It is a well-known fact that the Ford Fiesta and Mazda2 share many components. However, their engines and transmissions are a little different from one another. The expression "little cousins" is more accurate on the Old Continent, where these two economy vehicle icons are equipped with more similar drivetrains than in North America.
In Canada, this resemblance leads to tighter competition, particularly in terms of their technical specs. Remember that the Ford Fiesta available here is built in Mexico, whereas the Mazda2 comes from Japan. What’s more, the American comes as a sedan or hatchback, while the Japanese car only comes as a five-door hatchback. The latter also comes as a three-door hatchback or sedan in certain European and Asian markets.
For this comparative test drive, I opted for the high-end versions of each rival’s five-door hatchback model. In other words, I got the Ford Fiesta SES and the Mazda2 GS. It’s important to know that the Fiesta SES is more expensive than its Japanese opponent. The Fiesta SE is actually more similar to the Mazda GS. These two vehicles are built on the same platform and benefit from several active and passive safety features, the kind you would find on more expensive cars. In this regard, the Fiesta is a little more generous, especially when it comes to protecting the driver’s knees.
Two little five-doors
In North America, there is a diehard group of drivers that love hatchbacks. Ford and Mazda are both counting on them to bolster sales of the Fiesta and Mazda2. The main advantage of this type of vehicle is that it gives you more options than a conventional sedan.
In terms of aesthetics, both cars are pretty with a very nice design. The Fiesta looks more modern and a little more aggressive, whereas the Mazda2 smiles with its new front end and more fluid and upward swooping lines.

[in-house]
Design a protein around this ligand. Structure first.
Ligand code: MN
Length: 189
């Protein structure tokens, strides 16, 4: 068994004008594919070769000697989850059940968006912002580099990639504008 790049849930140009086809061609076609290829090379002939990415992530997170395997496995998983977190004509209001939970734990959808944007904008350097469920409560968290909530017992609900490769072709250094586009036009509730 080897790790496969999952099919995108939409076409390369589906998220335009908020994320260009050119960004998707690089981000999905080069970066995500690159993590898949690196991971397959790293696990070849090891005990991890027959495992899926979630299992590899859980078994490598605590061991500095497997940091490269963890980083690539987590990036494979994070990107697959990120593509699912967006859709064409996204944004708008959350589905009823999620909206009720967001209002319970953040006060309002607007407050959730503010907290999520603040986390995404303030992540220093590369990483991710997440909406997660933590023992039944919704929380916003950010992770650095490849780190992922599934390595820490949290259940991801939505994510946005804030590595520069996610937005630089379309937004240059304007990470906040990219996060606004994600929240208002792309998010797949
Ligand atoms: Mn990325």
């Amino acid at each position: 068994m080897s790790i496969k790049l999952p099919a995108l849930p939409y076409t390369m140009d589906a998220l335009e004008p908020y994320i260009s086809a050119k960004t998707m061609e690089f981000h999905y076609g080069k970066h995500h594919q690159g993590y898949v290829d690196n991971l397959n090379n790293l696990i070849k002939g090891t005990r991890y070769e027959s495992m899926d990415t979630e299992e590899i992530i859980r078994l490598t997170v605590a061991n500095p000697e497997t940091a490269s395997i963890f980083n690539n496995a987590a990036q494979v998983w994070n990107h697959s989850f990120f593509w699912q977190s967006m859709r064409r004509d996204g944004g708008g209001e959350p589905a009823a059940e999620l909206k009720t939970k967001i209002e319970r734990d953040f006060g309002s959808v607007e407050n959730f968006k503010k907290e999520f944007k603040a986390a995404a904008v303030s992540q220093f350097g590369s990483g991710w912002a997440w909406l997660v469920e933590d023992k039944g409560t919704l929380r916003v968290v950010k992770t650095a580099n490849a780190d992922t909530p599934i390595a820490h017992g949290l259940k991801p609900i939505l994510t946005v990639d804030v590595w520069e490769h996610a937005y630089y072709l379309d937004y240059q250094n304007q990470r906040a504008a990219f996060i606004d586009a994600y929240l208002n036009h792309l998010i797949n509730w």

Roomier than you’d think
Both vehicles boast the fact that they can seat five, but the truth is that they offer a good amount of space for four average-sized passengers. Accessing the rear seats is tighter on the Fiesta due to its narrower door openings.
The driving position is quite good on both vehicles, even for long drives – though the firmness of the Fiesta’s leather seats can be a little trying. In both cars the bench seat is firm and less comfortable, especially in the Fiesta.
The Ford Fiesta’s dashboard is more elaborate and eye-catching that that of the Mazda2, but in both cases it is functional and ergonomic. The instrumentation is more high-tech on the Ford, particularly the voice-activated SYNC system. As for the Mazda2, its instrumentation is easier to read and the controls are more user-friendly. Both vehicles offer multi-functional steering wheels with radio controls, cruise control, and other multimedia functions.
The soundproofing is impeccable on the Japanese car, and this is true all over. It is also very good on the American car, though the 16-inch wheels are rather indiscreet. Also, the soundproofing is less generous around the fenders. However, when you fold the seats down, the soundproofing on both vehicles takes a hit when you drive over certain surfaces at more than 105 km/hr.
Storage and cargo space
The Fiesta and the 2 offer storage space in the console and between the two bucket seats. I preferred those on the Mazda2, which offers a little more storage space overall.
The minimal cargo space is somewhat more generous on the Fiesta, which gives you 435 litres compared to 377. With the bench down, both vehicles offer the same size cargo hold. Unfortunately, neither offers a flat surface – quite the contrary!
One engine against the other